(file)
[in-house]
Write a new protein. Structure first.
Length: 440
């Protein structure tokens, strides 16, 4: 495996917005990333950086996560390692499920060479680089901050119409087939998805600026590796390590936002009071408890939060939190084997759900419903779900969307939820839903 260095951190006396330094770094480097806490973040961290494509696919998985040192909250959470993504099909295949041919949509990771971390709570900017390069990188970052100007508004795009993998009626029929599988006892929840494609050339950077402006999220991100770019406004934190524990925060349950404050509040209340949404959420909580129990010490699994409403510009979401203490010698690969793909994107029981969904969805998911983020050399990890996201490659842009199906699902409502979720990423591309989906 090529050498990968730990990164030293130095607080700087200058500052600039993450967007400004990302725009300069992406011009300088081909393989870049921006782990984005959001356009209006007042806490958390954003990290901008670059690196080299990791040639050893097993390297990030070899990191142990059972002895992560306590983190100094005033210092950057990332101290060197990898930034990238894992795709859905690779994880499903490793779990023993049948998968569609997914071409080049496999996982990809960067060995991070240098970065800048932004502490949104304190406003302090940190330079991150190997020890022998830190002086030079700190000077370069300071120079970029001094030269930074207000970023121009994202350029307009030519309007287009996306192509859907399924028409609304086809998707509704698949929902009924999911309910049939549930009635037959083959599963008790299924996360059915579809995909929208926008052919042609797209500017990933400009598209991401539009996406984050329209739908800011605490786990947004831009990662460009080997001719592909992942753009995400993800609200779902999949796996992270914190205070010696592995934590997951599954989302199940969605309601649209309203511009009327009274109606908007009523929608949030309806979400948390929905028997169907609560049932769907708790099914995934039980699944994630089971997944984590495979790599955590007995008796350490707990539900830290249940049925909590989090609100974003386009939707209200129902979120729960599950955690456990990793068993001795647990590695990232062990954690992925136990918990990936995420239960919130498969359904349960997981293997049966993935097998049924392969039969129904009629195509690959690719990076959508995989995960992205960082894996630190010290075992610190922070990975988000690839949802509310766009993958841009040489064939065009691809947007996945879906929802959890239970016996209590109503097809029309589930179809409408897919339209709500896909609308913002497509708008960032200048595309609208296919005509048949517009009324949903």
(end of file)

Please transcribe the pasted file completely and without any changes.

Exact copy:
[in-house]
Write a new protein. Structure first.
Length: 440
């Protein structure tokens, strides 16, 4: 495996917005990333950086996560390692499920060479680089901050119409087939998805600026590796390590936002009071408890939060939190084997759900419903779900969307939820839903 260095951190006396330094770094480097806490973040961290494509696919998985040192909250959470993504099909295949041919949509990771971390709570900017390069990188970052100007508004795009993998009626029929599988006892929840494609050339950077402006999220991100770019406004934190524990925060349950404050509040209340949404959420909580129990010490699994409403510009979401203490010698690969793909994107029981969904969805998911983020050399990890996201490659842009199906699902409502979720990423591309989906 090529050498990968730990990164030293130095607080700087200058500052600039993450967007400004990302725009300069992406011009300088081909393989870049921006782990984005959001356009209006007042806490958390954003990290901008670059690196080299990791040639050893097993390297990030070899990191142990059972002895992560306590983190100094005033210092950057990332101290060197990898930034990238894992795709859905690779994880499903490793779990023993049948998968569609997914071409080049496999996982990809960067060995991070240098970065800048932004502490949104304190406003302090940190330079991150190997020890022998830190002086030079700190000077370069300071120079970029001094030269930074207000970023121009994202350029307009030519309007287009996306192509859907399924028409609304086809998707509704698949929902009924999911309910049939549930009635037959083959599963008790299924996360059915579809995909929208926008052919042609797209500017990933400009598209991401539009996406984050329209739908800011605490786990947004831009990662460009080997001719592909992942753009995400993800609200779902999949796996992270914190205070010696592995934590997951599954989302199940969605309601649209309203511009009327009274109606908007009523929608949030309806979400948390929905028997169907609560049932769907708790099914995934039980699944994630089971997944984590495979790599955590007995008796350490707990539900830290249940049925909590989090609100974003386009939707209200129902979120729960599950955690456990990793068993001795647990590695990232062990954690992925136990918990990936995420239960919130498969359904349960997981293997049966993935097998049924392969039969129904009629195509690959690719990076959508995989995960992205960082894996630190010290075992610190922070990975988000690839949802509310766009993958841009040489064939065009691809947007996945879906929802959890239970016996209590109503097809029309589930179809409408897919339209709500896909609308913002497509708008960032200048595309609208296919005509048949517009009324949903």